With fewer, and more appropriately morbid, one-liners, Near Dark is a more consistently serious and mature, smart and scary, 1987 vampire-twin to The Lost Boys. The dialogue flows with a poetic grace in its vernacular rhythm and imagery, while the directing and photography is gorgeously sensual in its charged aesthetics. It isn't fully literary in a deeper commentary sense, as it is what it is... but it is beautiful.
Great atmosphere, pacing, teen passion pathos, late '80s hairstyles, Bill Paxton -- it's like the cinematic equivalent of a Skipp & Spector novel: reliably lurid and weird, but built on believable bonds between characters that, you know, you actually care about. Not a masterpiece in absolute terms, but much more fun than lots of masterpieces.
En estos tiempos de vampiritos y lobitos bien romanticones y mayates, bien vale la pena echarle un ojo a este clasico ochentero. Como en el caso de The Lost boys, representó una ingeniosa puesta al dia del cine de vampiros, con buena atmosfera y estupenda banda sonora. El final peca de ser demasiado convencional, pero la buena mano de la directora Bigelow para el manejo de la violencia y el gore lo compensa todo.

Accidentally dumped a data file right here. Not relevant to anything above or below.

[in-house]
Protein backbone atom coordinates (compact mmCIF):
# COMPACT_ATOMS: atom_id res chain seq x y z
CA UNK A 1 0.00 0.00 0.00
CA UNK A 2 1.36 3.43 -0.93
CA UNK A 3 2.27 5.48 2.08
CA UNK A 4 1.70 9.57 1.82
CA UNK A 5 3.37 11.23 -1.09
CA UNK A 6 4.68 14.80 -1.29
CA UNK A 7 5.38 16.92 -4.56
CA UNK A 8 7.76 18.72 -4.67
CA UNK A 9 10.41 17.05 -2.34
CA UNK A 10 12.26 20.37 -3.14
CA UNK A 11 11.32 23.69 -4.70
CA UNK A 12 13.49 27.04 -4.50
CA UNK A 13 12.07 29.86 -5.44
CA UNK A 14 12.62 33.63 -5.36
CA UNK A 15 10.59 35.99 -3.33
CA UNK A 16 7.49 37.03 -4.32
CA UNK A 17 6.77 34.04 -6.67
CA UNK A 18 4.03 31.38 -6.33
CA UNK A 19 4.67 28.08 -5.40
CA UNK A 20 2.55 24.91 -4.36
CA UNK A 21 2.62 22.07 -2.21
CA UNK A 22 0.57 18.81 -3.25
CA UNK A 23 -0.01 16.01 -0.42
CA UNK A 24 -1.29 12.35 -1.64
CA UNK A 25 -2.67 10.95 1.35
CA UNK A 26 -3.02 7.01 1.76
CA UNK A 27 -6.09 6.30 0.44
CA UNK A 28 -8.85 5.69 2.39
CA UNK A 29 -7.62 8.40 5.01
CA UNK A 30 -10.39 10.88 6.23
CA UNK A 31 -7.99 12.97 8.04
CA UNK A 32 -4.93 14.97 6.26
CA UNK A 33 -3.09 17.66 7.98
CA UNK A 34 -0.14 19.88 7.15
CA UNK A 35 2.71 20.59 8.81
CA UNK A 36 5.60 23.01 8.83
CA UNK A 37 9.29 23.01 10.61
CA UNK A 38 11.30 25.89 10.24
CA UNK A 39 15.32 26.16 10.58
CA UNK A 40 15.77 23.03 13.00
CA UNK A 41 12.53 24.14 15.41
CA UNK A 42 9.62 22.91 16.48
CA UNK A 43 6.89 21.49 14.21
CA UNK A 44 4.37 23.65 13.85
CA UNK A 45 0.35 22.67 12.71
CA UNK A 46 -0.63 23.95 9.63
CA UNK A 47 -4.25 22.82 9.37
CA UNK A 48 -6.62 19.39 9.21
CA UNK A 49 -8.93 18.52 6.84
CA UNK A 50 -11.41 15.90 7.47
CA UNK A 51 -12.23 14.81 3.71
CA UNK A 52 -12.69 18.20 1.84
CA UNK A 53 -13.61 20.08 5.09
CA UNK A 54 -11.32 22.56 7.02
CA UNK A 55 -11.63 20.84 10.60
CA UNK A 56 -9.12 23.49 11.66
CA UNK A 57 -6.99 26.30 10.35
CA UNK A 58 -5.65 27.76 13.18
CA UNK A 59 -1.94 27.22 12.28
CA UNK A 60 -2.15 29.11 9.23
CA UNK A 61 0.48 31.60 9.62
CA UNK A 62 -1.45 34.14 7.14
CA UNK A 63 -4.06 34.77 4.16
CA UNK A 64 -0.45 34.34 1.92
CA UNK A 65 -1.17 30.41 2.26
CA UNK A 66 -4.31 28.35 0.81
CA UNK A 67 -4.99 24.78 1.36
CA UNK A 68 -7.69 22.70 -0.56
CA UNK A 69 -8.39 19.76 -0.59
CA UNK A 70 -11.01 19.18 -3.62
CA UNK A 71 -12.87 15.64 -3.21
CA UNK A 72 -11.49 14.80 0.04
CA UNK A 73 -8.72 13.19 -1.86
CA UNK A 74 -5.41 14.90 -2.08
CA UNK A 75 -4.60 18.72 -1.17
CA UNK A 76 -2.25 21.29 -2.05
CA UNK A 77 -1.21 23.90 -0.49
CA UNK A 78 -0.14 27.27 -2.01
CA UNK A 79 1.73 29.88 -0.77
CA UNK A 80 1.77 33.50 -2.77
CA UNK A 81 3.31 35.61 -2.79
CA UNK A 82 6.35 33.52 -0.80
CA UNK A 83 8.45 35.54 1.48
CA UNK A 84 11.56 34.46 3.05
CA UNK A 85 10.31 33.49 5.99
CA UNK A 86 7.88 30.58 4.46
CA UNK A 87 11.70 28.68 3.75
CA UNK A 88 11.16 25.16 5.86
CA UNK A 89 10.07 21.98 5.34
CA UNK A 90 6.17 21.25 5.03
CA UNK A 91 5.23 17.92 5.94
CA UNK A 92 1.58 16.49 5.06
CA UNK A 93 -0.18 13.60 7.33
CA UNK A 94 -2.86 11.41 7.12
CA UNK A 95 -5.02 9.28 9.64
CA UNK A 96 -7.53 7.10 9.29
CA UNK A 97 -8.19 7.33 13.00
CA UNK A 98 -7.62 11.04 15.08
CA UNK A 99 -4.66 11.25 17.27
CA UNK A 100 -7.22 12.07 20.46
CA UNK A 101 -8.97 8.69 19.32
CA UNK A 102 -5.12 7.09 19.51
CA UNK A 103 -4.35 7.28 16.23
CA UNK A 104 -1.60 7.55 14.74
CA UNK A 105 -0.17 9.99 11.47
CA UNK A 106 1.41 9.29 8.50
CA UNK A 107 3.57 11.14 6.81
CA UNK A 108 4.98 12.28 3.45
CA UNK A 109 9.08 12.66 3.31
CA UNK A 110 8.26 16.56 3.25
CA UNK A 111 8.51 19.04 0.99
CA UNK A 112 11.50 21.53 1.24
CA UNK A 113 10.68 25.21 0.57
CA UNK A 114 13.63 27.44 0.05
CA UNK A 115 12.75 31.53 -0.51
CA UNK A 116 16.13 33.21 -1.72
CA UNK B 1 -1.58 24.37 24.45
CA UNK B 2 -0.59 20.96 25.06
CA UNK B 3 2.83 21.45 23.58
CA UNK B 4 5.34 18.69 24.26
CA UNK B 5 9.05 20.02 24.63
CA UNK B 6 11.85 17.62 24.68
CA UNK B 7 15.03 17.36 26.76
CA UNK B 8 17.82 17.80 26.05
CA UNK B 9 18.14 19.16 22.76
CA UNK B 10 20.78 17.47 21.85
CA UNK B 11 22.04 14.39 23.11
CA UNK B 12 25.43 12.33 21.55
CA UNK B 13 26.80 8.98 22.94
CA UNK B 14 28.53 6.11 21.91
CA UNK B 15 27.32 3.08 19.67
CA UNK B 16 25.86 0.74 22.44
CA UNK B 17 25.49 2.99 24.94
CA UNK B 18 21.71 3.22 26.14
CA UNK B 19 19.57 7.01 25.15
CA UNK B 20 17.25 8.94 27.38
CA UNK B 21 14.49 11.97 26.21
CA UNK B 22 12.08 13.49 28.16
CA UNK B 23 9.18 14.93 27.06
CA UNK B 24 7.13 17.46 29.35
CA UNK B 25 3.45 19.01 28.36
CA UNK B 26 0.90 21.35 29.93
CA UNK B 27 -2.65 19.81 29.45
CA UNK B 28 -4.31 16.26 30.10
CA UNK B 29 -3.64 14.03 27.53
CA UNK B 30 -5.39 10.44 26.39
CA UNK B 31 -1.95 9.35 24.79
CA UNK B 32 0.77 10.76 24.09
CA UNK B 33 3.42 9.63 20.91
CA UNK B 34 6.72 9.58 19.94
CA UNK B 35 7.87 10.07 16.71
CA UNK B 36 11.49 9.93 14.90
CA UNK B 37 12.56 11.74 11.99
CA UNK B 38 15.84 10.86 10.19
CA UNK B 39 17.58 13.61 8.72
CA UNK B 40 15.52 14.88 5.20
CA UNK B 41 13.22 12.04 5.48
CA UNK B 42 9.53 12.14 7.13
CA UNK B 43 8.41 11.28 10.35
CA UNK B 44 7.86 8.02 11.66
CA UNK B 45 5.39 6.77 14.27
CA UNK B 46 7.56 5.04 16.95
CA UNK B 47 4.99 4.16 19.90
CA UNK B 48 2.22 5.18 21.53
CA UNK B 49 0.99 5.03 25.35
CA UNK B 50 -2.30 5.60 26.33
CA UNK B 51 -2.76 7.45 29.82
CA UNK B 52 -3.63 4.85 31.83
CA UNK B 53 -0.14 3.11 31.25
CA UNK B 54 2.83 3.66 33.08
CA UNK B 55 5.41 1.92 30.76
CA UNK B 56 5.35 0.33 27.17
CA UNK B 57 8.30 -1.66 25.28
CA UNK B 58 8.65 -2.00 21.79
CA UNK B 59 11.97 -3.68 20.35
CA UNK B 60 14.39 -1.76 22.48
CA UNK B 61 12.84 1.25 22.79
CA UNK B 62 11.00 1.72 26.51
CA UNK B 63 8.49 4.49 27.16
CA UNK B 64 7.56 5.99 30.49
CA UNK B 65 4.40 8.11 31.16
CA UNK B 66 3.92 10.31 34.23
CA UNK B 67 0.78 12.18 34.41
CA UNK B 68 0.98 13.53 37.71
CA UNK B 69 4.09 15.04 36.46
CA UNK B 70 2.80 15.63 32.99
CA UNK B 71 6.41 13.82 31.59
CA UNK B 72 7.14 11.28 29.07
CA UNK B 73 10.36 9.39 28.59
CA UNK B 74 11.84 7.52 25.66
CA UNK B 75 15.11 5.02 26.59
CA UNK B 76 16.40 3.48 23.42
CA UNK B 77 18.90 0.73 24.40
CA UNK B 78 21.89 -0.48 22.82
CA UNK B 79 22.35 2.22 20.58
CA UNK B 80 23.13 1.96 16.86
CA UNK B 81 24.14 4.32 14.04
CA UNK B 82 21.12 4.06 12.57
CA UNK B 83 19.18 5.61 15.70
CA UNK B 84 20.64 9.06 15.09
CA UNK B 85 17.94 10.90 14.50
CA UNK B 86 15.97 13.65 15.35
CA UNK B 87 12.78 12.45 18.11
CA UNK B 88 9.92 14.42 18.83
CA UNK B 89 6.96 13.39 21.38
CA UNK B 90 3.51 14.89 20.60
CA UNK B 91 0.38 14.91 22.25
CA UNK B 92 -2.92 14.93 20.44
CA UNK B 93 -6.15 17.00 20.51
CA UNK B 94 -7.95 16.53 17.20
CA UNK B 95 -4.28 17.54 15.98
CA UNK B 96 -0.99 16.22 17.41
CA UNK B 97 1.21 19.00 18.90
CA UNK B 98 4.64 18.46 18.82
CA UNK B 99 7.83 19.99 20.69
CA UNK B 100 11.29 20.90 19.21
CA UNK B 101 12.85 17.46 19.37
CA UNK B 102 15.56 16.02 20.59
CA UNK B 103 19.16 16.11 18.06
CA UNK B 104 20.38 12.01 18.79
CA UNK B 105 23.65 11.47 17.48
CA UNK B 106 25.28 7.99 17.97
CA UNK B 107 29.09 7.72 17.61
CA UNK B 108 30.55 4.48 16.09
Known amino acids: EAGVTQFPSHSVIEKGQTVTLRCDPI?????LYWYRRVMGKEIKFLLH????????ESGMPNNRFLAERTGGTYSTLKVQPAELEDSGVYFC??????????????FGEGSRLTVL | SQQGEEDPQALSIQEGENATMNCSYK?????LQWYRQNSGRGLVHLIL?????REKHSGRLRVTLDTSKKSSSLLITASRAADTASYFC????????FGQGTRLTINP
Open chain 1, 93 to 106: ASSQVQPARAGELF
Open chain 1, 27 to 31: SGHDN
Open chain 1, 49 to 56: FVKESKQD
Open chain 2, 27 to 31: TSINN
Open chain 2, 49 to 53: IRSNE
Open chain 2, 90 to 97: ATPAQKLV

Cool atmosphere but this has not aged well at all. It seemed really awesome back in the day but not quite as much anymore. Still better than the vampire movies coming out today though, for what it's worth
Keep your TWILIGHT's kids, this is a fuckin' vampire movie. Some take issue with the concept of "bloodletting" at the end as a cop-out, but the characters in this movie are colorful and interesting, and the love-story element is there for the vampire romantics to cling to. Plus the action scenes are creative. Watch out for the light through those bullet-holes.